Sometimes a spouse will have a GPS access to a vehicle shared with their significant other. Their access can be given to the private investigator. Idaho v. Danney (Court of Appeals, State of Idaho, 11/5/2010) is an interesting case, and has been viewed several times. Personally I will not go beyond permissible actions of placing a GPS tracking device.

Often times a GPS may be placed depending on the case type and reasons being the safety of the investigator such as people drinking and driving, or possible harm from paranoia. As long as there is a permissible purpose/ good reason to do so. 

Pretexting: Pretexting is something sadly a lot of Private investigators do regularly. This includes stating they are law enforcement, the subject they have a case on, or state officials. It is illegal to do so let alone to obtain information otherwise not available to you by doing so. Examples would be to obtain financial records, credit reports, work information etc. This is a practice no one should do. The only time I did anything to the like was when I was made on a surveillance, I pulled out my fugitive recovery badge and stated I was there to locate an individual who had a warrant. But I had used an actual wanted poster I made for my company as I had a contract with a bail bondsman.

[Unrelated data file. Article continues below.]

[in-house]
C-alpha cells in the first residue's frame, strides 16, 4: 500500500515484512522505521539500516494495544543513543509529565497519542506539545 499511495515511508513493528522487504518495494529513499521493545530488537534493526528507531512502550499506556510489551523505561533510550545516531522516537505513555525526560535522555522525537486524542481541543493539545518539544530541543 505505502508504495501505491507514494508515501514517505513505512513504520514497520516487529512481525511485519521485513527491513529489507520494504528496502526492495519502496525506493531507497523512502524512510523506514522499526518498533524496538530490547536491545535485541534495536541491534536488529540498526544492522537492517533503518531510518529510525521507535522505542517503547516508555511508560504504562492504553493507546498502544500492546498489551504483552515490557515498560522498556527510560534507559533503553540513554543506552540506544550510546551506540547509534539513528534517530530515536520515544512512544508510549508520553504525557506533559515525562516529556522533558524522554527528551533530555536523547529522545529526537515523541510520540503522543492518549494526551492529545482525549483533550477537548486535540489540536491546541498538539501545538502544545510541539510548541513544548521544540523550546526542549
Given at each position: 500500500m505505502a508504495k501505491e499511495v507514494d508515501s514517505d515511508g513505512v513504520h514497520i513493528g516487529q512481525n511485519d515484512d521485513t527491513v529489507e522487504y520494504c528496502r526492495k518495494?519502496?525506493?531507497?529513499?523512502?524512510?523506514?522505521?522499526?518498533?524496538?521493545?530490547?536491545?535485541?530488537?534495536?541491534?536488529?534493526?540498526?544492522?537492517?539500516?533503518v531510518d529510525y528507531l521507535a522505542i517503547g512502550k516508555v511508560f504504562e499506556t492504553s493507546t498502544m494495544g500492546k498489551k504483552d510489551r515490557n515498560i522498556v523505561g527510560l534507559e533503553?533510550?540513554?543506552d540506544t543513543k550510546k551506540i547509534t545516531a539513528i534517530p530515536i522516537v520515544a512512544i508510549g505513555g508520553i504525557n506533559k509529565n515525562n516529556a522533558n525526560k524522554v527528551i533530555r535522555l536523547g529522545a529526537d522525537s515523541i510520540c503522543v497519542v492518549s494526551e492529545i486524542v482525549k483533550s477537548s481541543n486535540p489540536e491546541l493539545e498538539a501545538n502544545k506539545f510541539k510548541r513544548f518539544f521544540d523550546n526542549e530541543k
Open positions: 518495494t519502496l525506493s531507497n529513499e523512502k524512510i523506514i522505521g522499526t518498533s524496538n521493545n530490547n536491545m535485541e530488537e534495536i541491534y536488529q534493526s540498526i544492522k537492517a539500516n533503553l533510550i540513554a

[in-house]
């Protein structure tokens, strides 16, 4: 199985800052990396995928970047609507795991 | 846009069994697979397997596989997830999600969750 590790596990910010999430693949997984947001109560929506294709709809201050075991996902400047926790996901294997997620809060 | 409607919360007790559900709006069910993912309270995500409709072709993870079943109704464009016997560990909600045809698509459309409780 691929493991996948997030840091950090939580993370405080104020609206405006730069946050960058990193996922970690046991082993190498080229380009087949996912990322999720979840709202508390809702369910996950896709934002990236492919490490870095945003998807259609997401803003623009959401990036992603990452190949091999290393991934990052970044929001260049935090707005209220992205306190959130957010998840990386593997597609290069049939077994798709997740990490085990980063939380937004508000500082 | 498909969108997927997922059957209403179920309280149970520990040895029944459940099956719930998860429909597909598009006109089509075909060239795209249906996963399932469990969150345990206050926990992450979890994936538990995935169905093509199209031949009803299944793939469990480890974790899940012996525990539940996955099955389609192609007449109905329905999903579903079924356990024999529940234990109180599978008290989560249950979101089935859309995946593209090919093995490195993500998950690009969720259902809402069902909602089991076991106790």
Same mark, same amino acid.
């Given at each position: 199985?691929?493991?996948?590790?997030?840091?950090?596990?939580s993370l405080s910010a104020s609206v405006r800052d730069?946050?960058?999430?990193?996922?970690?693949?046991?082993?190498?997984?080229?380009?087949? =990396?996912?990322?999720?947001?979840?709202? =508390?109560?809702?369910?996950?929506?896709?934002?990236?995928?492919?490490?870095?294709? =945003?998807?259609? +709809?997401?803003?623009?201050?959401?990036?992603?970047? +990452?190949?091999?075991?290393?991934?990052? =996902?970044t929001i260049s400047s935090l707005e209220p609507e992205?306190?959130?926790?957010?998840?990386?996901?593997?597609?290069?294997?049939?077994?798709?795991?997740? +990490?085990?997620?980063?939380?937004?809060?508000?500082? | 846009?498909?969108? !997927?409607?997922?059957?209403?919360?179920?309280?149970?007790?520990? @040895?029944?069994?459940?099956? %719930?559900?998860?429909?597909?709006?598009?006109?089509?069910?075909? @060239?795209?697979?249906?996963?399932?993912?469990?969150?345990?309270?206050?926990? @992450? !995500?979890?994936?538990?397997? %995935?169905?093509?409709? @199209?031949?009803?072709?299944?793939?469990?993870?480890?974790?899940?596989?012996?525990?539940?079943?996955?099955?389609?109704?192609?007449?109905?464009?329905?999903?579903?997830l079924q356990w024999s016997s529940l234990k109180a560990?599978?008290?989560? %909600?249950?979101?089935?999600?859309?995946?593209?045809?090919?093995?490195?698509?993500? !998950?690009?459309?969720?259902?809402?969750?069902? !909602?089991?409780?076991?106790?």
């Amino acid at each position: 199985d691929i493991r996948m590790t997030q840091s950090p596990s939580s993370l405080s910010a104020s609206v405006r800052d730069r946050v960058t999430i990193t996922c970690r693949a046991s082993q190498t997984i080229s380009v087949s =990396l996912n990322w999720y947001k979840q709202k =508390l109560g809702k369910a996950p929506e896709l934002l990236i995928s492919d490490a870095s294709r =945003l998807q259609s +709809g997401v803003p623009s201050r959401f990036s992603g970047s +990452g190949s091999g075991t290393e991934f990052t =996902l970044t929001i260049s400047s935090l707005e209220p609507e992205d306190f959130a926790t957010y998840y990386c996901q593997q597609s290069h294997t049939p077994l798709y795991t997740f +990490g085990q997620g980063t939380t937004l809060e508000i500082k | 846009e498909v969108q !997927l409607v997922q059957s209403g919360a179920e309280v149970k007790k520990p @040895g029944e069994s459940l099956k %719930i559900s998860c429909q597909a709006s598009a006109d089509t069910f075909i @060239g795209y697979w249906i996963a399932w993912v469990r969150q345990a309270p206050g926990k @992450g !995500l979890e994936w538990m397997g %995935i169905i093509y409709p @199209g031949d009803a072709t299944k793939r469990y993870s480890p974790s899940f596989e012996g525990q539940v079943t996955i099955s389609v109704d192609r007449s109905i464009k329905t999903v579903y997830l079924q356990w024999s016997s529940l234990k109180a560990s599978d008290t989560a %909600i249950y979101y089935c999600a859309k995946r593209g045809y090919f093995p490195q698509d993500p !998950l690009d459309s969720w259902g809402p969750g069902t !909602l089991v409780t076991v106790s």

Motor vehicle records: Section 49-203 – Idaho State Legislature “PROHIBITION ON RELEASE AND USE OF PERSONAL INFORMATION CONTAINED IN MOTOR VEHICLE AND DRIVER RECORDS”In this section, there are multiple reasons for the usage of the records and authorization for this. “For use by any licensed private investigative agency or licensed security service for any purpose permitted under the provisions of Idaho Code, Title 49.” (Idaho Motor Vehicle Record Request) This is used to identify individuals on cases pertaining information that can lead to resolving matters and or issues for the case itself. In most cases I have personally seen, it has allowed for me to obtain location and vehicle information on subjects, violators, and questionable people. It has also aided in apprehension of subjects as well for bail enforcement.

Audio recording: In Idaho The law on audio surveillance is a little clearer than the law regulating hidden camera surveillance. If you’re going to record a phone call or an in-person speech (using either the standalone audio recorder, mobile phone or a video camera that also captures audio good), Federal and state laws require that at least one person is aware of the recording. This Idaho law can be found under Idaho Code Ann. § 18-6702(2)(d) “An individual has the right to record or disclose the contents of an electronic, oral or wire communication that they are a party to or if one of the parties has given prior consent to the recording of said communications.

Throughout these laws, we need to keep a watchful eye and update ourselves regularly. This is because it’s important for us to know what our rights are and how we should protect them.